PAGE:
Final Cannabis Vote Scheduled
Council to determine marijuana’s future
At its April 16 meeting, the City Council will consider the final fate of four cannabis-related ordinances.
On Jan. 15, the Council conducted a public hearing on these ordinances that would amend the city’s Municipal Code involving cannabis-related business (“Council Ponders What to Do with Legal Marijuana,” Jan. 17). If the Council passes these four ordinances, the vote would repeal ordinances 3227 and 3228 that involve the regulatory and land-use aspects of marijuana business in the city and create two new ordinances.
Ordinance 3227 involves the regulatory rules of marijuana businesses in Alameda. The new ordinances would amend Alameda Municipal Code Article XVI that deals with cannabis business. This article is found in the Code’s Chapter VI that defines businesses, occupations and industry. The first proposed change would remove the cap on the number of testing laboratories in the city. Ordinance 3227 caps the number of testing labs at two.
The new ordinance would also seek to double the number of storefront dispensaries from the two allowed in the current ordinance to four — two east of Grand Street and two west of Grand. If the Council approves, the two new businesses must require delivery service and be open to the public.
The proposed ordinance would permit dispensaries and does not make a distinction between the different types of retail dispensaries. In addition the new ordinances would maintain the 1,000-foot buffer zone between marijuana businesses and public and private schools. However passage would reduce the buffer zone to 600 feet from all other sensitive areas, including youth centers, day cares and tutoring centers.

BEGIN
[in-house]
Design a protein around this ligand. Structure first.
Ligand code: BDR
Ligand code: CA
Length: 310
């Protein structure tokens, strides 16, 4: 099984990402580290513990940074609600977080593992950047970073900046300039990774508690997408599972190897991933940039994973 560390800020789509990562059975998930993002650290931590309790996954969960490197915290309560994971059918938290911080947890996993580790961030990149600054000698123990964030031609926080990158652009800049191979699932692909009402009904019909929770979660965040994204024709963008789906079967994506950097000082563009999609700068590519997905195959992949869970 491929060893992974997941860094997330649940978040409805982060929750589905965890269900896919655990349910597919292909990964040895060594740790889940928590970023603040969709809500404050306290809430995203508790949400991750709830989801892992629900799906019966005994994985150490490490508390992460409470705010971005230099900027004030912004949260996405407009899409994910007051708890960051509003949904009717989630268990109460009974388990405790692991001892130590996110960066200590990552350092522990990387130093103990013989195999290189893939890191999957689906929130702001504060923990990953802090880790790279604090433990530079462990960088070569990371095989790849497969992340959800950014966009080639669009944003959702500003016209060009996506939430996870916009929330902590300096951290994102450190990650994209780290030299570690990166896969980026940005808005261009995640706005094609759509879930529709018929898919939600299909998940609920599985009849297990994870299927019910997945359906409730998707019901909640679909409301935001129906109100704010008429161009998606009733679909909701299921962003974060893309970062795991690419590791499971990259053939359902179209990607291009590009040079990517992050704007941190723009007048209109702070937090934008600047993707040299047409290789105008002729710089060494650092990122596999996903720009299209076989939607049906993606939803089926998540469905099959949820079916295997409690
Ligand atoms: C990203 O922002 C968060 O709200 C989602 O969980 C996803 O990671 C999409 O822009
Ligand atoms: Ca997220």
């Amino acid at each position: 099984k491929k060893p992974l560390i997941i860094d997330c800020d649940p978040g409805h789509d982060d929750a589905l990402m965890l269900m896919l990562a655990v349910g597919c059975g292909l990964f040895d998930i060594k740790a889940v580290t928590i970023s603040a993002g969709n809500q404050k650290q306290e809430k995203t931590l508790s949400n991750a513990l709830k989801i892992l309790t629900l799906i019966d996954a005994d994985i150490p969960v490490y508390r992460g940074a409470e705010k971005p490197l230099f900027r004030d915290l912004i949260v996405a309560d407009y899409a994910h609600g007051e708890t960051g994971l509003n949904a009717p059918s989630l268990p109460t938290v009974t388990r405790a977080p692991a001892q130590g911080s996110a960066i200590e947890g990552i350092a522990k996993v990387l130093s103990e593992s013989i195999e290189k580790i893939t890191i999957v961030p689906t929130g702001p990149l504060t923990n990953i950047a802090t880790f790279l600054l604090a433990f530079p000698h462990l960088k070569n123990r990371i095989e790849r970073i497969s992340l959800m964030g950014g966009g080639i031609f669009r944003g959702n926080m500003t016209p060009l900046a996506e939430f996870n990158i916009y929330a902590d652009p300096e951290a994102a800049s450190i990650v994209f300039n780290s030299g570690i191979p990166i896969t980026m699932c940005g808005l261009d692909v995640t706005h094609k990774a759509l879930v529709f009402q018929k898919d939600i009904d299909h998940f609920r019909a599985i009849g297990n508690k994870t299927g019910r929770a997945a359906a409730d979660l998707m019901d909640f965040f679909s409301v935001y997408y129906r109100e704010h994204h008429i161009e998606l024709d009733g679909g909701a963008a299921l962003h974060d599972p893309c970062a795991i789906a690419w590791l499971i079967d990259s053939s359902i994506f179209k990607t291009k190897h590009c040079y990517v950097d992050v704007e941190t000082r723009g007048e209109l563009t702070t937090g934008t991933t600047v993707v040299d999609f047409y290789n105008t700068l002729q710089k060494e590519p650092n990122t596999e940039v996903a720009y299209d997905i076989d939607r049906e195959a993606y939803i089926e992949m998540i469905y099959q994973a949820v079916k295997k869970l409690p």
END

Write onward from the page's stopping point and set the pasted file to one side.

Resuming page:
One of the more controversial changes would change the definition of a youth center. The new definition would not include buildings, locations or facilities where programs, activities or services are offered at private residences; involves physical fitness, martial arts or combat sports, cultural or similar education or are offered less than five hours per day each day the location is open.
A final change to Ordinance 3227 would require any cannabis-related business located outside of the city to acquire an Alameda business license if that business was delivering cannabis or cannabis-related products to Alameda.
The Council’s April 16 vote would also replace Ordinance 3228 that deals with the land-use zoning of potential marijuana businesses. The new ordinance would amend Alameda Municipal Code Section 30-10 for dispensaries to include both neighborhood business (C1) and commercial manufacturing districts (CM). A city memorandum informs the City Council that C1 district’s “serve residential areas with convenient shopping and service facilities,” while CM districts “could be complementary to the general commercial facilities and light manufacturing uses permitted in that district.”
Council’s approval of the changes would remove the dispersion requirement that stated dispensaries must be located at least one mile from each other. The Planning Board informed the Council that the dispersion requirement was not a land-use issue, but a regulatory issue.